Presentation on theme: "Fellowship Interviews. The interview is important First impressions are lasting It’s the only chance they will have to meet you Small problems can become."— Presentation transcript:
The interview is important First impressions are lasting It’s the only chance they will have to meet you Small problems can become magnified –Treat everyone well – including staff –The worst thing you can do is to stand out in a bad way – so try to fit in.
Survey: Qualities important to (cardiology) fellowship PDs: 1.Negative comments in letter written by IM PD 2.Personal comments by the IM PD 3.The personal aspect of the interview 4.Letter from a cardiologist known by the fellowship PD 5.Performance during an elective at the fellowship site 6.Rank order in the residency class 7.Genuine interest in research 8.Being a graduate of a US medical school 9.Letter from a nationally known cardiologist 10.Doing a residency program at an institution with a well known cardiology division 11.Participation in research prior to the fellowship program 12.Assessment of medical knowledge during the interview 13.Publications prior to fellowship 14.Performance on the ABIM certifying examination if available 15.US citizenship 16.Performance on the USMLE
Tips for the interview You need to appear confident and professional –Be rested (as much as possible) –Dress professionally – better safe than sorry –Avoid overpowering colognes, perfumes Carry a portfolio or briefcase –Bring extra copies of your CV and PS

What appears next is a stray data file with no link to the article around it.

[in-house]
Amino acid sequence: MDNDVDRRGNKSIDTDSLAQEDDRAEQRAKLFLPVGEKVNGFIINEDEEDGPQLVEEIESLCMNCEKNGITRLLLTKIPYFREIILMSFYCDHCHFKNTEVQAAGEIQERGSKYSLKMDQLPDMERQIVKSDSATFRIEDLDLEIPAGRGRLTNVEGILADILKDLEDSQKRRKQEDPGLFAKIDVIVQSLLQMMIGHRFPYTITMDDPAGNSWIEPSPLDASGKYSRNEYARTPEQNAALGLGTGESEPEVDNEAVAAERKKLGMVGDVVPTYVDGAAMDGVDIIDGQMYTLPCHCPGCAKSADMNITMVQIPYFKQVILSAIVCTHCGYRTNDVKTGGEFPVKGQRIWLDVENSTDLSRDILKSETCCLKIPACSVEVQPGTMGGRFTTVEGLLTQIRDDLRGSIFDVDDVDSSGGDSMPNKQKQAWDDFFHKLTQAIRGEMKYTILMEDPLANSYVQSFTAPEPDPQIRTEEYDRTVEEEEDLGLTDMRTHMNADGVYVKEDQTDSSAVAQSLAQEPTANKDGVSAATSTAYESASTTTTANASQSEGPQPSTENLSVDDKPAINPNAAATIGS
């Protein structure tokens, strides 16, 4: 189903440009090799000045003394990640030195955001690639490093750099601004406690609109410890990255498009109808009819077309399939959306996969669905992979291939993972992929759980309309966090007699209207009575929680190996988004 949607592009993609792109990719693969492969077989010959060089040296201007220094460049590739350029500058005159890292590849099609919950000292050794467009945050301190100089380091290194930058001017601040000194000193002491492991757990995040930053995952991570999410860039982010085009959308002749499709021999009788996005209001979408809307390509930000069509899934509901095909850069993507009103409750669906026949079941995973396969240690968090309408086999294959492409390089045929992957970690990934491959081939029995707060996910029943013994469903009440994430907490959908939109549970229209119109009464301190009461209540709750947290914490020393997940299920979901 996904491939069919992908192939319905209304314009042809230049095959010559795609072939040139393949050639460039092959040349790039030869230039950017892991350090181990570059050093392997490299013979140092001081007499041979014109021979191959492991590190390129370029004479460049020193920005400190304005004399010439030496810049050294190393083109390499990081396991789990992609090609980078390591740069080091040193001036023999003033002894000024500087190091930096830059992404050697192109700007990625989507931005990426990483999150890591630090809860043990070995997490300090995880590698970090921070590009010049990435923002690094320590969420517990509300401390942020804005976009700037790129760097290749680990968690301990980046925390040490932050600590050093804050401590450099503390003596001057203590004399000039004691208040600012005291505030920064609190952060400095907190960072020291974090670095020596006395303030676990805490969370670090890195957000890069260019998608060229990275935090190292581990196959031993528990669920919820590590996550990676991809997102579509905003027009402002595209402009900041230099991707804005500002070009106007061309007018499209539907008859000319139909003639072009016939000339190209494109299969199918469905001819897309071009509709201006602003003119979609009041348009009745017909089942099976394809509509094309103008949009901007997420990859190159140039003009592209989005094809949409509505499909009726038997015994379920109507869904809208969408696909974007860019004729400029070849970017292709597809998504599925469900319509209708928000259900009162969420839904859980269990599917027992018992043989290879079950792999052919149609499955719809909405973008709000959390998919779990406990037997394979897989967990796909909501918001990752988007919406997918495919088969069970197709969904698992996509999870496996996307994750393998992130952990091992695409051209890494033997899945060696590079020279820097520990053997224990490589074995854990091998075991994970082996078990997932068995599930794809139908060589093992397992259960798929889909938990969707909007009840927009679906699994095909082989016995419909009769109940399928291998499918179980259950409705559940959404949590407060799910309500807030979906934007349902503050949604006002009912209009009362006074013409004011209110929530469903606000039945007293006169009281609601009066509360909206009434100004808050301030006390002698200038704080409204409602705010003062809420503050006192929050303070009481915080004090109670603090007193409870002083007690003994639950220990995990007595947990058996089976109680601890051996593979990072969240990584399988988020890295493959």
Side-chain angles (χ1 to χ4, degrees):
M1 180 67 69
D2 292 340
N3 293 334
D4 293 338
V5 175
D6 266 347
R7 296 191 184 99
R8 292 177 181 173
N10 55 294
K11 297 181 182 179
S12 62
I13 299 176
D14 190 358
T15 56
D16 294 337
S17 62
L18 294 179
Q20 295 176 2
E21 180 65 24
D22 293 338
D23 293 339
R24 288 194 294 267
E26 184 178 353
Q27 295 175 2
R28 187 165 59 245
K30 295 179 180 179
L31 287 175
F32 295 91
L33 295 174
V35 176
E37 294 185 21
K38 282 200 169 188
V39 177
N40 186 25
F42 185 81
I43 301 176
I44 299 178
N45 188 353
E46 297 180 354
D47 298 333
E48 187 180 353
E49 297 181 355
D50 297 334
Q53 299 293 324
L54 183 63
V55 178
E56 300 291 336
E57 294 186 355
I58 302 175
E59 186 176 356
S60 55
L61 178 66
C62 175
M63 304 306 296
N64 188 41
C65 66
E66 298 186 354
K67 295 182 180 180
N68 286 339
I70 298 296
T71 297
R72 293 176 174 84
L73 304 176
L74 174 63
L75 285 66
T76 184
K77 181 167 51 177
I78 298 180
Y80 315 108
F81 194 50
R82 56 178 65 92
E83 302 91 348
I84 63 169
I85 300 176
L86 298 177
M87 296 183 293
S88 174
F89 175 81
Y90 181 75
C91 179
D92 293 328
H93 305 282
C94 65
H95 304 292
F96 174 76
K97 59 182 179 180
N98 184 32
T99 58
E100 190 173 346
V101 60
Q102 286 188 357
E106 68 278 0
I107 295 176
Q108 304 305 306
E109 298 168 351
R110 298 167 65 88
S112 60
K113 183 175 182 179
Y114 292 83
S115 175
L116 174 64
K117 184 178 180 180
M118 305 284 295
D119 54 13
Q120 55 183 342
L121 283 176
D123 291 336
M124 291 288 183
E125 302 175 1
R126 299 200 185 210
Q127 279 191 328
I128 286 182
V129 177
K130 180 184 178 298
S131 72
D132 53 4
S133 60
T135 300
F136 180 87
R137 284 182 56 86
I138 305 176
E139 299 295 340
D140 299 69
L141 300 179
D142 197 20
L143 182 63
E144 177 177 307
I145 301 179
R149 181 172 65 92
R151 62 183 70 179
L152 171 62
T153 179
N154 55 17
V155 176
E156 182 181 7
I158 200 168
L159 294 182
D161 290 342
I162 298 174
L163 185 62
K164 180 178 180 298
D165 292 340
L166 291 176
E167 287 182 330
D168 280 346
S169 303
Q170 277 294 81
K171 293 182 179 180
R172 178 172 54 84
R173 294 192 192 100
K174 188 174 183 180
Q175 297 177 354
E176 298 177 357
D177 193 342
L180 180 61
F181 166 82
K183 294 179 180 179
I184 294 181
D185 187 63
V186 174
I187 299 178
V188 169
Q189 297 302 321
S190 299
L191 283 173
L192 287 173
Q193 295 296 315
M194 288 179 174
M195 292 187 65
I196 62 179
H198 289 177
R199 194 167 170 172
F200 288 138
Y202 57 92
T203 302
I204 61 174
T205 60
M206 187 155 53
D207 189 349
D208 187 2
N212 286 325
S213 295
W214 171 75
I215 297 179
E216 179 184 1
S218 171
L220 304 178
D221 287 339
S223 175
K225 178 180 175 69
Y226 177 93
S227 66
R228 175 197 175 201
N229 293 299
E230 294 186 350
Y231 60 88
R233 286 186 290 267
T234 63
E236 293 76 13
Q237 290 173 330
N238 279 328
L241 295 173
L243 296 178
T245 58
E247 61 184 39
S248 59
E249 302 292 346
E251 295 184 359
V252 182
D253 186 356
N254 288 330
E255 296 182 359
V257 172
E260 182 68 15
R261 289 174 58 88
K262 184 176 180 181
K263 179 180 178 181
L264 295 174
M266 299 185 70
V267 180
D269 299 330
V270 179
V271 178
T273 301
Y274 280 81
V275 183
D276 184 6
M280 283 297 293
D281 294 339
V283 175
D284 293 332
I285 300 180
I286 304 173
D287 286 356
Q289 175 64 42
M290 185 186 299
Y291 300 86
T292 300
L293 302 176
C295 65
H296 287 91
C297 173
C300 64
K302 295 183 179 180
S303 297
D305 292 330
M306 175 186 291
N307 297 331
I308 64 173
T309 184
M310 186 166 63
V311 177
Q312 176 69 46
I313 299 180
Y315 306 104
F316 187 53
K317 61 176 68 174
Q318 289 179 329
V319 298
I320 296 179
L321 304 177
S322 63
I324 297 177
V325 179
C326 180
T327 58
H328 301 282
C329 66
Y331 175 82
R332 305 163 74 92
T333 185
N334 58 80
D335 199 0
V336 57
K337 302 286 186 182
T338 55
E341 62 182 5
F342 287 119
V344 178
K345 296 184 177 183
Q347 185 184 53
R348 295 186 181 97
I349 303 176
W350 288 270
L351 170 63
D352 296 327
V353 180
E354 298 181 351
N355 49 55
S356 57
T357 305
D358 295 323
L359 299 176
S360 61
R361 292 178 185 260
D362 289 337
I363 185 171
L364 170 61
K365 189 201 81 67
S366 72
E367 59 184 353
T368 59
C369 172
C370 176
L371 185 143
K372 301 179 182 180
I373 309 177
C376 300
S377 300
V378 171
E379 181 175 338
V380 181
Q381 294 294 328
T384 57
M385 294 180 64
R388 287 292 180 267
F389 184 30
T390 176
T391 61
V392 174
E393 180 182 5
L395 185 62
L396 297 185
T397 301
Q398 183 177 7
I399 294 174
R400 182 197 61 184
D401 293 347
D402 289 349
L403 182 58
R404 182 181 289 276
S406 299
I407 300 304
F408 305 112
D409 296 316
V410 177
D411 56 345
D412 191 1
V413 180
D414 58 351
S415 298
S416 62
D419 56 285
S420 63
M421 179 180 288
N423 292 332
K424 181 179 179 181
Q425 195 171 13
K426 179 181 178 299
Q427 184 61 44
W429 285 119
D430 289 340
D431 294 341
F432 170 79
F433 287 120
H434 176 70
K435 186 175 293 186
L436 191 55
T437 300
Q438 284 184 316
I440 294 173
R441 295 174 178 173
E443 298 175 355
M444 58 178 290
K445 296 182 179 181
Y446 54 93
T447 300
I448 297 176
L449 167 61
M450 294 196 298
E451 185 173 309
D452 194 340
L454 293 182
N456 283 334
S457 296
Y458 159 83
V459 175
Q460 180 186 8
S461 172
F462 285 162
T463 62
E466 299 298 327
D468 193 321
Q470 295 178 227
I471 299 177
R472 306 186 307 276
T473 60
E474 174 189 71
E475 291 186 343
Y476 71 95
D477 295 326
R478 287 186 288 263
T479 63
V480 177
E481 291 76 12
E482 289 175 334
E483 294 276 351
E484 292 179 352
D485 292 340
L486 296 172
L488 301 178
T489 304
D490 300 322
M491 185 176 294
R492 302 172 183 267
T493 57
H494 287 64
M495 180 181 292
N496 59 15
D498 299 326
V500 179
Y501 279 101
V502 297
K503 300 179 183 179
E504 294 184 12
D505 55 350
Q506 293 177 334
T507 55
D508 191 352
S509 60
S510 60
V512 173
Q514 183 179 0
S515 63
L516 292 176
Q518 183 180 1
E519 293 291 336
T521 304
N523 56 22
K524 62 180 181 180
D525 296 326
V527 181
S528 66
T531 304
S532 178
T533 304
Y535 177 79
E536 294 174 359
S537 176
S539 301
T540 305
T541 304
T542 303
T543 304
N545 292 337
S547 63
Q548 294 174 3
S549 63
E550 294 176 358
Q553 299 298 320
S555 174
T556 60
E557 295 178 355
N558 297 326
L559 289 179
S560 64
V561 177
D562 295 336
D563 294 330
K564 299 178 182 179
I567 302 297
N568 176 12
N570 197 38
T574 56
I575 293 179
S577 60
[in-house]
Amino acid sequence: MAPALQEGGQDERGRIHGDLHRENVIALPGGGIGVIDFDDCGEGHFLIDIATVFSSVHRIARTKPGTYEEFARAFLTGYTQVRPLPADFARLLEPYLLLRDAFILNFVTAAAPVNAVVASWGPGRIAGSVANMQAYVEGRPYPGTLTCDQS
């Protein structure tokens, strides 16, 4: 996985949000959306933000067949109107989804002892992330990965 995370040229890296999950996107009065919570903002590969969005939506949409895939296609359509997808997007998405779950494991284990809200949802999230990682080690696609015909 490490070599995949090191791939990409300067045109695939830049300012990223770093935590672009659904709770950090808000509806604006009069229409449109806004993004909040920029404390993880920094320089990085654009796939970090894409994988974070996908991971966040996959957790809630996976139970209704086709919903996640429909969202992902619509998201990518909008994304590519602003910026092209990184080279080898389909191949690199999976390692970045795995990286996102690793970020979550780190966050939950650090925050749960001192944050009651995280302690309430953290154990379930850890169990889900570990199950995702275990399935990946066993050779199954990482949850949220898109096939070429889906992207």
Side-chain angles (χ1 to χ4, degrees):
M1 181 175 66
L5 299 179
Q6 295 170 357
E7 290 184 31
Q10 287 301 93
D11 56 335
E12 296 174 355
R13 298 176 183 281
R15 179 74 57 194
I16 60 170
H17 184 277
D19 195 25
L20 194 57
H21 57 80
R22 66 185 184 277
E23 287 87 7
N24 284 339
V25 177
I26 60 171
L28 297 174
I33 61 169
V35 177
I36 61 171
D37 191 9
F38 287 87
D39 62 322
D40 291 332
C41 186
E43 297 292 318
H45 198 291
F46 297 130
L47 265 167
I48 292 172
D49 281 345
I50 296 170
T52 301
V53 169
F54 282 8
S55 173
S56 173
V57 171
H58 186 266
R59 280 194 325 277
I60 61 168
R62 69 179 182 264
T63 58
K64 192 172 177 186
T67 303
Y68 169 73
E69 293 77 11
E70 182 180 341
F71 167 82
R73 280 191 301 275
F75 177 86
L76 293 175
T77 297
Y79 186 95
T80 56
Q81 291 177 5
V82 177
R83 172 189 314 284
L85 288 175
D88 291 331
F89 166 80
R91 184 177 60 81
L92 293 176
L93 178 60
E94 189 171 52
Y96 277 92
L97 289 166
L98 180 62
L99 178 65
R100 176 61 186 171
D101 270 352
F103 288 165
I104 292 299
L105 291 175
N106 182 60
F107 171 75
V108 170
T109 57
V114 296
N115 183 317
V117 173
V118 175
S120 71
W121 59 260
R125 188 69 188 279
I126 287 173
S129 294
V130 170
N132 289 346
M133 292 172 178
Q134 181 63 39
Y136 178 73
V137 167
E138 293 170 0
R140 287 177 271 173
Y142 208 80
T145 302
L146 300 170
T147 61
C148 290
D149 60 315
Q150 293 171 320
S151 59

Prepare in advance Know your stuff –Be prepared to answer questions about anything on your CV –Interviewers can tell if you have really done the research – or have gone along for the ride Know the program you are interviewing at –Read everything you can on their website –Know whom in the program shares similar interests –Recognize faculty member expertise – interviewers
Prepare in advance Do be ready to ask questions –It shows that you are interested in the program; ask about specifics. No questions = not interested. –Stock questions: What changes do you anticipate? Where have graduates gone? How much research productivity is there? What is supervision like? Number of procedures? Don’t ask certain “stupid” questions –Duty hours, etc –About services you should know they don’t have
During the interview Shake hands Maintain eye contact Remember the interviewer’s name Ask for their card or contact information –Take notes on the back of card as reminder Concentrate on being concise and coherent Be sure you are expressing enthusiasm – it’s catching
Prepare your answers to common questions 1.What are your career goals? 2.How can this program help you meet those goals/ what are you looking for? 3.What are your strengths and weaknesses? 4.Give an example of a great case you’ve recently been involved with. 5.What questions do you have for us? Make sure you have some!
Practice being interviewed Ask a friend with whom you feel safe Make a list of questions you think you might be asked (specific to your application) Consider audiotaping your answers so you can hear how you sound
Follow up Thank you notes –If you write them, be very specific about what makes them and you a great match –Include at least one specific comment from each interview –Email only if invited to do so –Don’t go overboard